Keep your knees bent, arm straight, and stay tuned.

Frank P. Beal created paddle tennis in 1898 as a way of teaching tennis to children in Albion, Michigan. Beal, who was a youngster himself, simply cut the dimensions of the tennis court in half, replacing the tennis ball with a sponge rubber ball and the tennis racket with a wooden paddle.
The game was confined to Albion until 1921, when Beal became a minister in New York City, where paddle tennis quickly became popular among children, who played informal games in the streets as well as on the special courts that were set up in playgrounds.

A city-wide tournament was held in 1922 and the American Paddle Tennis Association (now the U. S. Paddle Tennis Association) was founded the following year to supervise the sport.
More and more adults began playing paddle tennis during the 1930s. As a result, in 1937 the size of the court was increased from 39 by 18 feet to 44 by 20 feet for grown-ups, though the older dimensions were retained for children.
In 1959, a punctured tennis ball replaced the sponge rubber ball, the overhead serve was banned, and the size of the court was increased to 50 by 20 feet for adults. The same size was adopted for children's play in 1963.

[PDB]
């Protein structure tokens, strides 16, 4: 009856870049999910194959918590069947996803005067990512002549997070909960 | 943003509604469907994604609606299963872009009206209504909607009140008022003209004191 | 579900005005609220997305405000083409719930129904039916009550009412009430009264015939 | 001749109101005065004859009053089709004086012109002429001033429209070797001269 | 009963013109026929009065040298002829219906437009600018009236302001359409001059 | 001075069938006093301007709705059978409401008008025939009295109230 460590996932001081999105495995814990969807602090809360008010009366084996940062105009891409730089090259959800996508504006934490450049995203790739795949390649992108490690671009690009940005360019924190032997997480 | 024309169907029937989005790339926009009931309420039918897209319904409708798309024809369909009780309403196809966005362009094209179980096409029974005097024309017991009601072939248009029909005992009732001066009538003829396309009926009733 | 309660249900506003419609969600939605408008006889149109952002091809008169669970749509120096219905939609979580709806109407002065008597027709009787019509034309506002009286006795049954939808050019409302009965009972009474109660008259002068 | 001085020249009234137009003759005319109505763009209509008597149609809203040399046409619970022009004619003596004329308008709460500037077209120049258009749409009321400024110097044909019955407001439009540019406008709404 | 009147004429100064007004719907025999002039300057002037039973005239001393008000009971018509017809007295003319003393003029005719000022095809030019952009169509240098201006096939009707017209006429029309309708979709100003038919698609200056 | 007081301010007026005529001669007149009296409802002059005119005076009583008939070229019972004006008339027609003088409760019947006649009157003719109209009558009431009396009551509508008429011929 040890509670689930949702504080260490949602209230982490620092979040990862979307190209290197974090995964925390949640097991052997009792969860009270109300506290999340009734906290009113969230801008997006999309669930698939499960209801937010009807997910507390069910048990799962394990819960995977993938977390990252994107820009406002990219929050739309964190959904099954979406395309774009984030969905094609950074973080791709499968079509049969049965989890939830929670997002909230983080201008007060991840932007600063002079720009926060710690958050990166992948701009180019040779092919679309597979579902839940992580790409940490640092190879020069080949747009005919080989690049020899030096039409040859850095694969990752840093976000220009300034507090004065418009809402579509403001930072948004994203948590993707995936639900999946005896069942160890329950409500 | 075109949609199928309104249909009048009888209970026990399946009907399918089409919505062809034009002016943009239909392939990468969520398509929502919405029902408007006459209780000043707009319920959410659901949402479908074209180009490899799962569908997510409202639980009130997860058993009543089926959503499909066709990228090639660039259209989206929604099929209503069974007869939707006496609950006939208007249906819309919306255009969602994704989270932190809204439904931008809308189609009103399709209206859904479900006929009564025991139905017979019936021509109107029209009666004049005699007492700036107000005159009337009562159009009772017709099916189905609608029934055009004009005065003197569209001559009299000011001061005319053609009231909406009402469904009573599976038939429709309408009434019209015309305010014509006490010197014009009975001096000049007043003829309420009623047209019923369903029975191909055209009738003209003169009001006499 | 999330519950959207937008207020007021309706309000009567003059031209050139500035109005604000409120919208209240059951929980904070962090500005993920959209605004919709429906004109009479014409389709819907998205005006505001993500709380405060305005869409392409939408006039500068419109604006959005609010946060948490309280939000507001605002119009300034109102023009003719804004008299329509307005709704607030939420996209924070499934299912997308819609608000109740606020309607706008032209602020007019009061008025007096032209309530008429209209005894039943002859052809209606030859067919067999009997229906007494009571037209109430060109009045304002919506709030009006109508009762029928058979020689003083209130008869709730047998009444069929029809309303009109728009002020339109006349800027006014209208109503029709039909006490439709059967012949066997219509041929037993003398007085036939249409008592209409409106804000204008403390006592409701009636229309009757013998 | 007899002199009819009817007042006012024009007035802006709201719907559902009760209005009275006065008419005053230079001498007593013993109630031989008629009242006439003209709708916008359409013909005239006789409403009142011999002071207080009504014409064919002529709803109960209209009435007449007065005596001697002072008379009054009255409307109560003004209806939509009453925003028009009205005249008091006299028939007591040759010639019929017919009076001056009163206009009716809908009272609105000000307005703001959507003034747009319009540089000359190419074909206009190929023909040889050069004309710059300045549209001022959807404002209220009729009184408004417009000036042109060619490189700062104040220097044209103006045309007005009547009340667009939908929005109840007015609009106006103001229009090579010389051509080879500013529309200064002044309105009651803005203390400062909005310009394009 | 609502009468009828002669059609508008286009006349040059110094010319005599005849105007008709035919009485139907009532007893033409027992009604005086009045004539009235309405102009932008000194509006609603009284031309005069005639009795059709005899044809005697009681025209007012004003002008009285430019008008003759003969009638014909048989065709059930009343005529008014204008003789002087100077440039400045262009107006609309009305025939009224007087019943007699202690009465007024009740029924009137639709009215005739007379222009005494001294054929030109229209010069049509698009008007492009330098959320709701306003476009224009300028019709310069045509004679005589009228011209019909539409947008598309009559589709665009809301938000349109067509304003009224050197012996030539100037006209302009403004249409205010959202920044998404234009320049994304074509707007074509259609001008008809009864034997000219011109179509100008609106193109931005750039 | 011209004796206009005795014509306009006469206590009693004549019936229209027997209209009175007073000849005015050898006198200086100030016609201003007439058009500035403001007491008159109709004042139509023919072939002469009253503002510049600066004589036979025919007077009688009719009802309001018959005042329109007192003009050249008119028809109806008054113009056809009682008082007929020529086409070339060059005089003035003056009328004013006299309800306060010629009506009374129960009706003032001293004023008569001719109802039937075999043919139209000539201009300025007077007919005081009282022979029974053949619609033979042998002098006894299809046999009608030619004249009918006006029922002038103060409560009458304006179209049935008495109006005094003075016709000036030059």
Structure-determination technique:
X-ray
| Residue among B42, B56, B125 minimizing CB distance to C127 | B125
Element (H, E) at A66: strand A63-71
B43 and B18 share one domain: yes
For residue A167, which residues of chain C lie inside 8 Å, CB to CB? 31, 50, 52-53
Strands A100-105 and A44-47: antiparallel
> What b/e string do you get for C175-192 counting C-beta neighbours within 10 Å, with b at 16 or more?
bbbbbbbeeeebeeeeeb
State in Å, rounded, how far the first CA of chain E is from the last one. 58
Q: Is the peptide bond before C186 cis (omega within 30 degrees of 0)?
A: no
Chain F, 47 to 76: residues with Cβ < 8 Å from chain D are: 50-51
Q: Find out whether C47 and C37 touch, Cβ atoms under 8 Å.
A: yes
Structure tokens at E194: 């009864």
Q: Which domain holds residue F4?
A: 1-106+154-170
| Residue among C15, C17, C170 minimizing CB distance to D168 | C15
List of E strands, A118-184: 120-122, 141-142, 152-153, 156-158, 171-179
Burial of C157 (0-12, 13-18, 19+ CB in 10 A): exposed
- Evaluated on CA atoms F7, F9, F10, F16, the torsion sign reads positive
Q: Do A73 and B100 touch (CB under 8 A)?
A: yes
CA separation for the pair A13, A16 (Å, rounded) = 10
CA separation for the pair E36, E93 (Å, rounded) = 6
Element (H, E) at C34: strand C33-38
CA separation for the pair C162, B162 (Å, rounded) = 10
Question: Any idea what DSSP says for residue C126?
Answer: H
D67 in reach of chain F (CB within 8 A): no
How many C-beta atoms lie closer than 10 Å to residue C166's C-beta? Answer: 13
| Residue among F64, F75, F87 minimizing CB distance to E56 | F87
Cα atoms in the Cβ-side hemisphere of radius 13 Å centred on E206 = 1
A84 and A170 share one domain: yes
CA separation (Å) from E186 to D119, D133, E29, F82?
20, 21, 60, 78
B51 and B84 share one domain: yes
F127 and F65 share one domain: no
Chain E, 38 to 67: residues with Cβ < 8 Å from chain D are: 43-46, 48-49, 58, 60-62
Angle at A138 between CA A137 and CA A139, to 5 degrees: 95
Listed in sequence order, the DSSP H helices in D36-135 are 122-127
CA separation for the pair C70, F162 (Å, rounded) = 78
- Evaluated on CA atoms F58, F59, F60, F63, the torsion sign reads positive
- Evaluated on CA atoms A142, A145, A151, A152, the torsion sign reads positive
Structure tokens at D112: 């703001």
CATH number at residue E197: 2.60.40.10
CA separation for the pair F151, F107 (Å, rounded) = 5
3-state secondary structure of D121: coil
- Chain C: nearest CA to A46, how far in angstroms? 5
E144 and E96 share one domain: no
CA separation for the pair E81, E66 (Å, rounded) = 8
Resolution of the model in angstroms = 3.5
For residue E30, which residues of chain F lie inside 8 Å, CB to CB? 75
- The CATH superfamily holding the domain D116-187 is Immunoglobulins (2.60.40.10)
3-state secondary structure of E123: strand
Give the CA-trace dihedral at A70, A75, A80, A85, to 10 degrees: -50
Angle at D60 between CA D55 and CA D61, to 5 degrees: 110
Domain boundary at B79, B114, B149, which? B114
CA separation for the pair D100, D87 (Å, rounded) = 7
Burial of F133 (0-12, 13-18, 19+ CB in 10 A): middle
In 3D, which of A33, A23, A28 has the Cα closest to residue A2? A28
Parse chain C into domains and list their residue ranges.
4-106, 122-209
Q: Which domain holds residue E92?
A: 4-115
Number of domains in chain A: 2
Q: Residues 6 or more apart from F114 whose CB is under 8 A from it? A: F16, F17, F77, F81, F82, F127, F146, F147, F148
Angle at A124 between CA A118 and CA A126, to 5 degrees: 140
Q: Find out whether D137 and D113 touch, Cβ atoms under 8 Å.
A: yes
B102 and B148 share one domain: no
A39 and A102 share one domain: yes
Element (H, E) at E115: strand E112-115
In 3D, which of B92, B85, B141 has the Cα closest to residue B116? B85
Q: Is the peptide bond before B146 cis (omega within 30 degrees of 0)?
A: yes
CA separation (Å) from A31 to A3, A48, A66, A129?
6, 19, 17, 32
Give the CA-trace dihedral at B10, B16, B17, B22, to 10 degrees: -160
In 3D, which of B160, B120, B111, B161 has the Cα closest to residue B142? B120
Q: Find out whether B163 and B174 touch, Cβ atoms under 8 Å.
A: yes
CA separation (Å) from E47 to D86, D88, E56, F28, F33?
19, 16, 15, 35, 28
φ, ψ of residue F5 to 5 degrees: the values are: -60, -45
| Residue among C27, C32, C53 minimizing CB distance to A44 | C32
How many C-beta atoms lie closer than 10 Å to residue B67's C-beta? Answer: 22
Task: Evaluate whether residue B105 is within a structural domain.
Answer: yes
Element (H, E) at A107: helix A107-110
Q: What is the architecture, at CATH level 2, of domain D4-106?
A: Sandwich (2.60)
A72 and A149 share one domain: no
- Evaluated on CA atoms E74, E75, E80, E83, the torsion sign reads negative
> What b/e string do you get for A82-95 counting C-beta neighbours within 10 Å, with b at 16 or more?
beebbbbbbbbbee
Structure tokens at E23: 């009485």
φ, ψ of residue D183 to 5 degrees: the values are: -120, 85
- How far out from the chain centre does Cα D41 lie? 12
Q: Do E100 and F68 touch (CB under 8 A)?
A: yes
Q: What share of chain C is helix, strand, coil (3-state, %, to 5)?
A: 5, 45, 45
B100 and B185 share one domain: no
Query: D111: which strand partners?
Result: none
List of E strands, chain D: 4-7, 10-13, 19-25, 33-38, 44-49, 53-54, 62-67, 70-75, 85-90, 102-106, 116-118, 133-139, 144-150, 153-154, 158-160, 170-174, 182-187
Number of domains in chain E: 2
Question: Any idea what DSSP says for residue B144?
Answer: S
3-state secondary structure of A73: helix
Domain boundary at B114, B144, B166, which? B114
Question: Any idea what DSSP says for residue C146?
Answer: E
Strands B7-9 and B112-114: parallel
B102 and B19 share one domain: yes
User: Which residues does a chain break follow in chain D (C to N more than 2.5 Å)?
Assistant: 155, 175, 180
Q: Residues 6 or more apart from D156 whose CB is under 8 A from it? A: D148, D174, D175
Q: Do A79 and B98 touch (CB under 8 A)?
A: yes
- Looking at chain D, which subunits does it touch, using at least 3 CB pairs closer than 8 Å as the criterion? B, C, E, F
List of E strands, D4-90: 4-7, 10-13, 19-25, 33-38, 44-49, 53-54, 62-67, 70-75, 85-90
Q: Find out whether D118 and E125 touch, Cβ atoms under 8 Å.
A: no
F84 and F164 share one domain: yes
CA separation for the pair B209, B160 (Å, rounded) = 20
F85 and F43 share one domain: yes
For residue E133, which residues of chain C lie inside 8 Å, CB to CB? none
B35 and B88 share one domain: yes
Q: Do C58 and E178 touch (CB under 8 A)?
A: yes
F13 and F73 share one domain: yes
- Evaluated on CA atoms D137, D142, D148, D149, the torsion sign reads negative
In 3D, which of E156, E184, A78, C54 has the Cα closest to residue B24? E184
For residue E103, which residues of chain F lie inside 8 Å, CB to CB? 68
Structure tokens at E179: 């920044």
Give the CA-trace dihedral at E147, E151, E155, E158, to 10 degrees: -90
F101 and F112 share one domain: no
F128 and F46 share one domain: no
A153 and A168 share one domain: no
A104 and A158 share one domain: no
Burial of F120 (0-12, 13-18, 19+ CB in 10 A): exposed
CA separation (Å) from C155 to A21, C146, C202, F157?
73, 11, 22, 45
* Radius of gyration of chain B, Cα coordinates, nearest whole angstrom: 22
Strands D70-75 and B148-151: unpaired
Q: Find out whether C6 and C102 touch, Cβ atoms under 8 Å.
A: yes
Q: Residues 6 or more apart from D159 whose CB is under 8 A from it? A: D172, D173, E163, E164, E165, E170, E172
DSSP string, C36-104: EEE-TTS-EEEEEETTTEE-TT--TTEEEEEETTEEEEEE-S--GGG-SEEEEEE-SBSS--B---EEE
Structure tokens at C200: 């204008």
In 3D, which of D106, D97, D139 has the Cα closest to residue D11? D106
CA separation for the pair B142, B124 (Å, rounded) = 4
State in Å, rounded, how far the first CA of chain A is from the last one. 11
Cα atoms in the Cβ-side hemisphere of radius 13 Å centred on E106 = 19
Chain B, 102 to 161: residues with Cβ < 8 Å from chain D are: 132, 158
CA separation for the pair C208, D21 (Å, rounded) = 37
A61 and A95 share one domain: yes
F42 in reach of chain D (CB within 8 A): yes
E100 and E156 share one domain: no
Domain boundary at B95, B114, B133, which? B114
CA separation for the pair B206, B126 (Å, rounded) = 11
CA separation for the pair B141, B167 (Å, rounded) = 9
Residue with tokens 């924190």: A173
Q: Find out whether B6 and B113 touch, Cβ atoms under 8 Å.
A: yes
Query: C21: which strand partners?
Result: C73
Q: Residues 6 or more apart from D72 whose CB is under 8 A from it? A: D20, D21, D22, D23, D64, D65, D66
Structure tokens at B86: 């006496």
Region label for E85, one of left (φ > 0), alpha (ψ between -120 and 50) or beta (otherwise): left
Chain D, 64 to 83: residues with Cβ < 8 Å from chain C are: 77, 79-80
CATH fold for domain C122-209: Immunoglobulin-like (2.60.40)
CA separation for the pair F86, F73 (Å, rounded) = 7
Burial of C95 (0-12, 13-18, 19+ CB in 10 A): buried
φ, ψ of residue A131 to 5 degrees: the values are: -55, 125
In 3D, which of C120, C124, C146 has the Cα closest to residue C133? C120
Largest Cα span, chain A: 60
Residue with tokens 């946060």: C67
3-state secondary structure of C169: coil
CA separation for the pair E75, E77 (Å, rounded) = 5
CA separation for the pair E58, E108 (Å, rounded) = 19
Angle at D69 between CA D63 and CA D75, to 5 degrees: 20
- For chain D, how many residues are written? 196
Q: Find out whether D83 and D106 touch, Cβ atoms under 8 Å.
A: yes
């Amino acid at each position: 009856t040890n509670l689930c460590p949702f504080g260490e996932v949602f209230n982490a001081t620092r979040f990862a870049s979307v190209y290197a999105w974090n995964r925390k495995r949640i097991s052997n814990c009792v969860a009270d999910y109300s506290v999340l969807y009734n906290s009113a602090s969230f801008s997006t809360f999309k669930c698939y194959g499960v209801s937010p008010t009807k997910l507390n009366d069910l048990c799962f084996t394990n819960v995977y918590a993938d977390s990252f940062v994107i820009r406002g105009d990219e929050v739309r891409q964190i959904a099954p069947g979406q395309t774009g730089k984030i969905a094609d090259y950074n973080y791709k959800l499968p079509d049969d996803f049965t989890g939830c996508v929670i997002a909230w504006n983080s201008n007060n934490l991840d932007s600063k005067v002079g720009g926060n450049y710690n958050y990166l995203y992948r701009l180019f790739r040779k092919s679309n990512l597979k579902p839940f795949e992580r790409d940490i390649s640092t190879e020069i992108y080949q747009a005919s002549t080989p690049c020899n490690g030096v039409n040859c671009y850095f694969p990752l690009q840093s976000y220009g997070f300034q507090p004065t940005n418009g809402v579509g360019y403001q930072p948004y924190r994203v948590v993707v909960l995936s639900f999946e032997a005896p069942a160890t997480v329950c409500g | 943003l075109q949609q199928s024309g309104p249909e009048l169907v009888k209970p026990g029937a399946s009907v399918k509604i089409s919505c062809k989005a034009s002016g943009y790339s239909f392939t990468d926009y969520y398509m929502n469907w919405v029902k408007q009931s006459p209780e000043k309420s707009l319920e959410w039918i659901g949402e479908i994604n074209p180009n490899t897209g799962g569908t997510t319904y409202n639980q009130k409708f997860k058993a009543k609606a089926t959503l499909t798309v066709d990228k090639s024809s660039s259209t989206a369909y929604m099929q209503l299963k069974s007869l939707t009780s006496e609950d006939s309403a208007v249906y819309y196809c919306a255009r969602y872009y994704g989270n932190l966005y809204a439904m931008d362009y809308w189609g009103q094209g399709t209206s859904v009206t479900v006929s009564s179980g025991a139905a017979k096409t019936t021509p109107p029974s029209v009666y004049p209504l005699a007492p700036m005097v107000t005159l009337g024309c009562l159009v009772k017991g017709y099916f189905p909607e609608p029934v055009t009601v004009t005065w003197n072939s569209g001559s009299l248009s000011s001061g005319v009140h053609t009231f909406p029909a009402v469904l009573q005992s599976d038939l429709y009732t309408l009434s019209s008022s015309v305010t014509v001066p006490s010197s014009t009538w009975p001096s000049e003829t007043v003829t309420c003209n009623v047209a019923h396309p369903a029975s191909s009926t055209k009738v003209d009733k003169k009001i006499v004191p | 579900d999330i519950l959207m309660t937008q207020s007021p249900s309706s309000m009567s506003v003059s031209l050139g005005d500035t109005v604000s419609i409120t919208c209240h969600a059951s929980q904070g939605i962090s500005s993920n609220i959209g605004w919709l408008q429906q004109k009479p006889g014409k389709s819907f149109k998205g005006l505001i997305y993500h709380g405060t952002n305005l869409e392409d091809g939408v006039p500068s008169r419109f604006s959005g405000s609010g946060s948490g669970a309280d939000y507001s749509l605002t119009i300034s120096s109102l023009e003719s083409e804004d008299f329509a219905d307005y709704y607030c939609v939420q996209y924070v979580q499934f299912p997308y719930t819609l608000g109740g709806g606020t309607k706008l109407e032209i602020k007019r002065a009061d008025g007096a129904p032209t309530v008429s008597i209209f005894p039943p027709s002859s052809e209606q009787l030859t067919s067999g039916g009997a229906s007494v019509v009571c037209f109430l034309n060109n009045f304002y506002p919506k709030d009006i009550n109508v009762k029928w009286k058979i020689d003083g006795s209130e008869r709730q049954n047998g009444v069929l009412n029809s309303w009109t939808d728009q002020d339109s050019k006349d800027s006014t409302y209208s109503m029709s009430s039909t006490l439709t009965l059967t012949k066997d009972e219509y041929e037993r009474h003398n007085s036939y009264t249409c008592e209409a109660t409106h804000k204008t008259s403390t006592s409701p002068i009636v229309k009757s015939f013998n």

Paddle tennis was popular only in the New York metropolitan area until after World War II, when it spread to California. A second governing body, the Western U. S. Paddle Tennis Association, was organized to govern the sport there.
The two organizations feuded over rules for many years, but they merged in 1970. The first national championships were played in 1978.
Although the sport is still concentrated in New York and California, there are also clubs in Florida, South Carolina, and Minnesota.

How It's Played
The paddle tennis court is now 50 by 20 feet for adults and children. There are four service areas, each 22 by 10, so the baselines are only 3 feet behind the service lines.
The striking surface of the paddle has to be made of wood, but metal is allowed on the edging, grip, and throat. Maximum size is 17 1/2 inches long and 8 1/2 inches wide. The surface may be solid or perforated, but most players use a perforated paddle, since it imparts greater spin.
The rules of paddle tennis are essentially same as those of lawn tennis, except for a few special provisions related to the serve:
Only one serve is allowed (younger children are sometimes allowed two serves).
A serve must be struck at a point no higher than 31 inches above the court surface.
The server must not hit the return of service until it has bounced. (This prevents rushing the net immediately after the serve.)
The server may toss the ball or bounce it once before striking it. But, once a method of service has been adopted, it must be used for the entire set.

The tennis scoring system is used and court lines are only considered during the serve. Points are lost to the opposing team when the ball:
bounces twice on your side
hits you or your partner
lands on the court and bounces over the walls or mesh and out of play
is double hit, scooped or carried
is hit by both players before going over the net
does not cross the net
hits the mesh, walls or anything else before landing on the court.
The ball can be played off the back walls or the solid side walls before going over the net.
More information...